The Foreign Office advises against travel to Swat. "There are ongoing reports of military or militant activity," its latest advice states. Last year Amnesty International said the Taliban was guilty of "serious human rights abuses" in the Swat valley, including "the unlawful killing of scores of government workers as well as those whom they view as violating their edicts". It reported: "The Taliban have publicly whipped men for shaving their beards, destroyed shops for selling music and forcibly prohibited women from leaving their houses unless escorted by a male relative."

                    There have been reports that the police in Pakistan have questioned Saeed over his marriage but he denies this. The marriage, he insists, was a genuine one, not a tactic to get to the UK. About 1,200 people attended Belinda's funeral. A friend of the family, Jahangir Khan, 33, said: "We appreciate her efforts to come and rejoin this society after the death of her first Pakistani husband." Belinda Khan is buried in the village in a grave decorated with tinsel. A poster placed on it reads: "We are proud of Belinda." Sajjad Ali, Saeed's 16-year-old brother, said Belinda had become a "role model" for the family. "She gave a lot of love to each individual and told us that she would remain with us until her last breath. This promise she fulfilled."

                    Comment


                    • #11

                      march 8, 2010 -- A suicide car bomber has struck at a building where police interrogate high-value suspects in Lahore in eastern Pakistan, killing at least 11 people and wounding scores more, including women and children heading to school, officials said today . The attack broke what had been a relative lull in major violence in Pakistan. It also showed that insurgents retain the ability to strike the country's heartland, far from the Afghan border regions where al-Qaida and the Taliban thrive despite army offensives aimed at wiping them out. No group immediately claimed responsibility, but suspicion immediately fell on the Pakistani Taliban and allied militant groups. Those groups are believed to be responsible for a wave of attacks that started in October and has killed more than 600 people. Several of the earlier attacks took place in major Pakistani cities. More recent ones have been smaller and confined to remote north-western regions near Afghanistan.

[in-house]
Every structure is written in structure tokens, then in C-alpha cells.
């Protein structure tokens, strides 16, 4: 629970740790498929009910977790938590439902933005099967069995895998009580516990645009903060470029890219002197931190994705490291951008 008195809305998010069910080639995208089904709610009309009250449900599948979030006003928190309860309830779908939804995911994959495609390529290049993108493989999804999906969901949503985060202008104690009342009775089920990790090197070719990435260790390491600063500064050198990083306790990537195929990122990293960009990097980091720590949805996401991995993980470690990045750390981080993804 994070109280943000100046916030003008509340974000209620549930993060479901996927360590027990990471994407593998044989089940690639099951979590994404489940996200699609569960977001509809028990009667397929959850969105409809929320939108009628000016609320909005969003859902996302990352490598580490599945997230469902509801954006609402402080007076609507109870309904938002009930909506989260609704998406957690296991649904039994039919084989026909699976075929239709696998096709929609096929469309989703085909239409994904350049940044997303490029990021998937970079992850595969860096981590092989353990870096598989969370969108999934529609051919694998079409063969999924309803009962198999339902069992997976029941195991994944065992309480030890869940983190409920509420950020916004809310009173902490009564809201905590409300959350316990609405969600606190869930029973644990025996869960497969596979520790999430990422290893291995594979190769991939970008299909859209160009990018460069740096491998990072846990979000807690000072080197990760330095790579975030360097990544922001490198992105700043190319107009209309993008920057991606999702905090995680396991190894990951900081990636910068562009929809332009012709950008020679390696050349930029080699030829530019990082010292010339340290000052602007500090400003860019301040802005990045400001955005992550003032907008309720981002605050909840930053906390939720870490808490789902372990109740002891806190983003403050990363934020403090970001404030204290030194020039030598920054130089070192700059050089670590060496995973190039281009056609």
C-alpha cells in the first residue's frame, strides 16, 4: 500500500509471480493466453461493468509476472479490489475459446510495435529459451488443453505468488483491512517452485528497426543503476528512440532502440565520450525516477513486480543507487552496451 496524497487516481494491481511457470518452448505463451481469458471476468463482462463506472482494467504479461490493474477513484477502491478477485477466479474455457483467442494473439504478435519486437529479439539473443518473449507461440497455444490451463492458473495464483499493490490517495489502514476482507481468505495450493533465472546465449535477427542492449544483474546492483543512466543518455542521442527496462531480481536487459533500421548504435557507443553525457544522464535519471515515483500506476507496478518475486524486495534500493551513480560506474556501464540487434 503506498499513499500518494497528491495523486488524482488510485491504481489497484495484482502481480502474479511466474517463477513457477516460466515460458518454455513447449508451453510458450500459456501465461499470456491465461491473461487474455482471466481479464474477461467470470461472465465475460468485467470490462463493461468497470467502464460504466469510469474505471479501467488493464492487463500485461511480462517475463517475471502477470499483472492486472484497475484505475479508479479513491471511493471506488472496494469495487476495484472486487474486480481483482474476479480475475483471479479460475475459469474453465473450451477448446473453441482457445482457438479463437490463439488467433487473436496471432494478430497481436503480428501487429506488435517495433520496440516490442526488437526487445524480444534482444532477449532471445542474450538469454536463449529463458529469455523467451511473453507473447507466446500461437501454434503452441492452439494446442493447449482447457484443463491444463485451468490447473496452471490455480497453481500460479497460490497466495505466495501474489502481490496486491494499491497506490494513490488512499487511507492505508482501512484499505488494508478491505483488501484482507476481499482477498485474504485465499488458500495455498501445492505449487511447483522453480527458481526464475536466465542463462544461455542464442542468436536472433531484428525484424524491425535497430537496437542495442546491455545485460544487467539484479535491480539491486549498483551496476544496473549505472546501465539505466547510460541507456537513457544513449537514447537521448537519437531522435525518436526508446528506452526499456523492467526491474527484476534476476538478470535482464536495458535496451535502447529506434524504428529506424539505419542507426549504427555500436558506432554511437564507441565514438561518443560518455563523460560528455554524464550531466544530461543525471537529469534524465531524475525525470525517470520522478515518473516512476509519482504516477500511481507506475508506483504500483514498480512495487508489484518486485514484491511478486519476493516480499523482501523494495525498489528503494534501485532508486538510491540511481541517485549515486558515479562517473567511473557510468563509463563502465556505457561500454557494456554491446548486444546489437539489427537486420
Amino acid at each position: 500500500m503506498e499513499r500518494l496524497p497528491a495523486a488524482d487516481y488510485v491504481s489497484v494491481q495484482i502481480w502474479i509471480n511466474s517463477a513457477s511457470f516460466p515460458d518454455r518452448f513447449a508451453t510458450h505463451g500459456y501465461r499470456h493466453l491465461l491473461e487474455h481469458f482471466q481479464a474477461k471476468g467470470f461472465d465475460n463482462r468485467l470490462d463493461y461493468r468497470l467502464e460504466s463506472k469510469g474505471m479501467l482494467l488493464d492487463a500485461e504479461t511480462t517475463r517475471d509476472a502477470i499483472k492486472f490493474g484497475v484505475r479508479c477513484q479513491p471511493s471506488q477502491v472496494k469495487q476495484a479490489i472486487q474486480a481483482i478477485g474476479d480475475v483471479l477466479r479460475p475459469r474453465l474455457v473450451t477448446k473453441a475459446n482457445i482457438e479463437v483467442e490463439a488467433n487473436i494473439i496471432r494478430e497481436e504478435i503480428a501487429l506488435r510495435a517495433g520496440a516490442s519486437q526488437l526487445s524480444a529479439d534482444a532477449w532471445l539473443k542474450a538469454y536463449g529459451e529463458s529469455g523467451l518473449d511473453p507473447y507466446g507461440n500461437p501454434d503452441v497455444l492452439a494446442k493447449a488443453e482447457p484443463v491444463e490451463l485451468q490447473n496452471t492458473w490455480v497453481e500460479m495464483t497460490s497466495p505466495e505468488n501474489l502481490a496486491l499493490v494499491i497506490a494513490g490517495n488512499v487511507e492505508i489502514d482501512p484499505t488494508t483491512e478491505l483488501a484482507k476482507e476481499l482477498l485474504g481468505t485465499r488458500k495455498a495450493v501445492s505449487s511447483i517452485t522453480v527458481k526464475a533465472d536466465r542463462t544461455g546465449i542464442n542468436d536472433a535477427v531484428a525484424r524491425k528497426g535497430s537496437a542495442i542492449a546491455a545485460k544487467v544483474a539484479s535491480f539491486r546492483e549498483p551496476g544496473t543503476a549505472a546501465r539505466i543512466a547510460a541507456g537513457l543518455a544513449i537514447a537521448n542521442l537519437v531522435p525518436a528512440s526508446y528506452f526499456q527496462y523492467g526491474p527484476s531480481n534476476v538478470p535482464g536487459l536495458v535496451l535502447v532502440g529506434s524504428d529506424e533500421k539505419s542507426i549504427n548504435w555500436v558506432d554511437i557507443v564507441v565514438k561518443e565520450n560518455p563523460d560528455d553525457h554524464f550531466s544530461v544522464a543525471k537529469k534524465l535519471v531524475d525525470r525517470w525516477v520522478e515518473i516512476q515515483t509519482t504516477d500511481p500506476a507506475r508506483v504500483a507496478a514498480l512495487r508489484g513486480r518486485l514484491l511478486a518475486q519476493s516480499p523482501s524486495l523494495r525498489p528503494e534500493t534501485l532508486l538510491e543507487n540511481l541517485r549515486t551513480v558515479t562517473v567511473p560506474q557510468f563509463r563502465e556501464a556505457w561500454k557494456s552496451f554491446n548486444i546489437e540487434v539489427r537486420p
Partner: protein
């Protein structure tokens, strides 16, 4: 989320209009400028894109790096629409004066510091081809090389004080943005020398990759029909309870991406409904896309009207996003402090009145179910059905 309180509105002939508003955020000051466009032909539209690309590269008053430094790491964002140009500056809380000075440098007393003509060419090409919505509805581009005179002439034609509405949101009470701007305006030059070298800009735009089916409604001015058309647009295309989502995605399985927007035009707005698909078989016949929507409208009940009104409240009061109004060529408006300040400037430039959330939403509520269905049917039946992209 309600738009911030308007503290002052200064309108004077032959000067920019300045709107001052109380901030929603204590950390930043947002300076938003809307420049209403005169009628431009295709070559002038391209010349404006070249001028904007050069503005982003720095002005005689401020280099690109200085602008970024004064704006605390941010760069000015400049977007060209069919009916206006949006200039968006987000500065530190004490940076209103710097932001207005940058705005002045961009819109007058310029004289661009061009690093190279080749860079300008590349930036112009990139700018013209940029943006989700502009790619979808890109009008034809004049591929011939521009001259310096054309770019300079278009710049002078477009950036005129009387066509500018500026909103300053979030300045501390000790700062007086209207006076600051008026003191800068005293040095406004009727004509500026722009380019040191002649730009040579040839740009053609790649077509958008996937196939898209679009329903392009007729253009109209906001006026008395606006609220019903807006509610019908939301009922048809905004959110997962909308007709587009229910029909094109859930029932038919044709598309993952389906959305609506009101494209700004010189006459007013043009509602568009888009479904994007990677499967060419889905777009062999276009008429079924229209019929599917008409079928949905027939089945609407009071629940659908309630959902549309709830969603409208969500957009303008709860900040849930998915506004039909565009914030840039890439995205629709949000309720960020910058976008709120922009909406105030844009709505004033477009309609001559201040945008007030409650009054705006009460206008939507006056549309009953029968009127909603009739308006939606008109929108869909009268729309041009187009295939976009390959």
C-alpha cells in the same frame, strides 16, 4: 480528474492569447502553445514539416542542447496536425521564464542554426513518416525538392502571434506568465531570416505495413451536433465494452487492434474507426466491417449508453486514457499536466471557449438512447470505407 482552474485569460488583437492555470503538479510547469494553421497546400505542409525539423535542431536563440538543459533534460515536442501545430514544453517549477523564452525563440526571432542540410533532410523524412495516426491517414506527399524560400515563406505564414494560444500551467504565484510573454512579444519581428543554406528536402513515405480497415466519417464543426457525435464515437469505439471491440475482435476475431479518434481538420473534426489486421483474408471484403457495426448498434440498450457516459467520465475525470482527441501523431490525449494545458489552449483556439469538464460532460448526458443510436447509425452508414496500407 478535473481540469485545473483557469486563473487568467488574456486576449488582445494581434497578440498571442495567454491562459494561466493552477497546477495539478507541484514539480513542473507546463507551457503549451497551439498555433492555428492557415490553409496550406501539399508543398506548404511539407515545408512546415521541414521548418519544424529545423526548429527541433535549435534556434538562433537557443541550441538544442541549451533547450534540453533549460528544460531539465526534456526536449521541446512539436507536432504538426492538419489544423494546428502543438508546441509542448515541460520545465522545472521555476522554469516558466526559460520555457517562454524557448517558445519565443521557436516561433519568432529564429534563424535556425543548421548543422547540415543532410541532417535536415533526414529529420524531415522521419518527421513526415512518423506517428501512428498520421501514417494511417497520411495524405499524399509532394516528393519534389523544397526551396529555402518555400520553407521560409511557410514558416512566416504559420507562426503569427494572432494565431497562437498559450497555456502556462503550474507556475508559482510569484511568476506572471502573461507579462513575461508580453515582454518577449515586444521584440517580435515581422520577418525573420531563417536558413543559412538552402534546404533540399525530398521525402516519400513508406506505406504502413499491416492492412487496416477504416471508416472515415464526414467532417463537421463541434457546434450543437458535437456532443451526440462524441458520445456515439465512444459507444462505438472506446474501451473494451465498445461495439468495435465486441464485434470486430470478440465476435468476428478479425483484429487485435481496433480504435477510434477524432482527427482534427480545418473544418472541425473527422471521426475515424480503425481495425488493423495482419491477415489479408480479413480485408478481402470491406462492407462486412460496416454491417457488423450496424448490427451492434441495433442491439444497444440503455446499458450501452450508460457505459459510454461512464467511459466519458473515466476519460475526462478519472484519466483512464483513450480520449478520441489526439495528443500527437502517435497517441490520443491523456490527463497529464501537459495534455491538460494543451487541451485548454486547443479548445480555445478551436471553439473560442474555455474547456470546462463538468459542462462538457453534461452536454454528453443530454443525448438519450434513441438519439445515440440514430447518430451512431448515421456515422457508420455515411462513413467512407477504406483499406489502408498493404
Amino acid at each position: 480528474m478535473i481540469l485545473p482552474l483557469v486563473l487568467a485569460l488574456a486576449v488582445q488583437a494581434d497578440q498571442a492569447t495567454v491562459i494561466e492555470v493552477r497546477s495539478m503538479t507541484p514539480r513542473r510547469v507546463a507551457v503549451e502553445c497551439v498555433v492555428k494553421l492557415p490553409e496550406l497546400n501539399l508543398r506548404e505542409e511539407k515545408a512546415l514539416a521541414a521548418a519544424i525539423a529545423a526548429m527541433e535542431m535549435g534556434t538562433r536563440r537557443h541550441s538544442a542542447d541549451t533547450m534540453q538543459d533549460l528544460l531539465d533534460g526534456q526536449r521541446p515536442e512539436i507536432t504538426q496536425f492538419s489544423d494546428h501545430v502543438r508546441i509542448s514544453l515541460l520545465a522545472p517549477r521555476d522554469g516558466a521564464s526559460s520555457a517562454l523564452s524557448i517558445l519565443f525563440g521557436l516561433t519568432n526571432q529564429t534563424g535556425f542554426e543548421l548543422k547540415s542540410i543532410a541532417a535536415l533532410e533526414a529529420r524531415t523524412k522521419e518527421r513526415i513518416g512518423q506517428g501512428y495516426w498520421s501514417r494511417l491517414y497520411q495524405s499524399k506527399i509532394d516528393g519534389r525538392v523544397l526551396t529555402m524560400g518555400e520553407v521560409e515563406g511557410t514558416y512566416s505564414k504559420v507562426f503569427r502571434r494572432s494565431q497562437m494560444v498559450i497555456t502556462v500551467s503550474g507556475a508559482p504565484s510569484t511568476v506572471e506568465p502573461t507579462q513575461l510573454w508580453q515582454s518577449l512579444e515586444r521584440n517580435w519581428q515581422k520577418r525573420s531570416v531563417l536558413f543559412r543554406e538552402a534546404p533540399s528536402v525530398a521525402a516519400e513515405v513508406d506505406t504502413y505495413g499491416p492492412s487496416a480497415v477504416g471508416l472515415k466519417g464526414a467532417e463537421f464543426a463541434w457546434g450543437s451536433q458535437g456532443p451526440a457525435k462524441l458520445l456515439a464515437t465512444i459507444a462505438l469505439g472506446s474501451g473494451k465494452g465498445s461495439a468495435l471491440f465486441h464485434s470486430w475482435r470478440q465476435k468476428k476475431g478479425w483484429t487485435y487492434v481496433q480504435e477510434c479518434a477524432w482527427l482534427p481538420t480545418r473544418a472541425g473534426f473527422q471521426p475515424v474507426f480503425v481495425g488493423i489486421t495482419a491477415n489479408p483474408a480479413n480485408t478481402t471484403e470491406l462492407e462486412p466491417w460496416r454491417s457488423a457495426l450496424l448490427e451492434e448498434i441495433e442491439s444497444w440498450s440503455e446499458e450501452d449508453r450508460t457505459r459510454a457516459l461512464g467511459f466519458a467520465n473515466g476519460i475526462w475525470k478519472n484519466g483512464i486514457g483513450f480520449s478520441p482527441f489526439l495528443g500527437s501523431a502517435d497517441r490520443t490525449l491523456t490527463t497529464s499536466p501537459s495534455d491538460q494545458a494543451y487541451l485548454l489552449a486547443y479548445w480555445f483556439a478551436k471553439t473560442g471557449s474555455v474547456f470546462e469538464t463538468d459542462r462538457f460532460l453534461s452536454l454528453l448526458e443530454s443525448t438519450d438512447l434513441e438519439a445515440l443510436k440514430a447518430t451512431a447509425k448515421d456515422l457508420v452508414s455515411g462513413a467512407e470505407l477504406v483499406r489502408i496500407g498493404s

The bomb blast today comes amid reports of a Pakistani crackdown on Afghan Taliban and al-Qaida operatives. Among the militants said to have been arrested in that operation is the Afghan Taliban's second in command, Mullah Abdul Ghani Baradar. The explosion went off outside a police building in Lahore, the capital of the Punjab province, a police official said. TV footage showed a huge crater in the ground. Lahore's police chief, Pervez Rathore, said: "This place was used to interrogate important suspects... more then 40 staff were manning the place." No such suspect had been in the building at the time of the bombing, he said.

                      Noorul Huda, a student at a nearby religious school, was in his first class when the blast happened, he told TV reporters. "With the huge bang, blocks and pieces of the roof fell upon us and six of us were wounded," said the young man, who suffered a head injury. "It was total chaos outside and people were running and crying for help." Khusro Pervez, a Lahore government official, said 11 people had died and several of the wounded were in critical condition. The suicide bomber appeared to have rammed his explosives-laden car into the perimeter wall.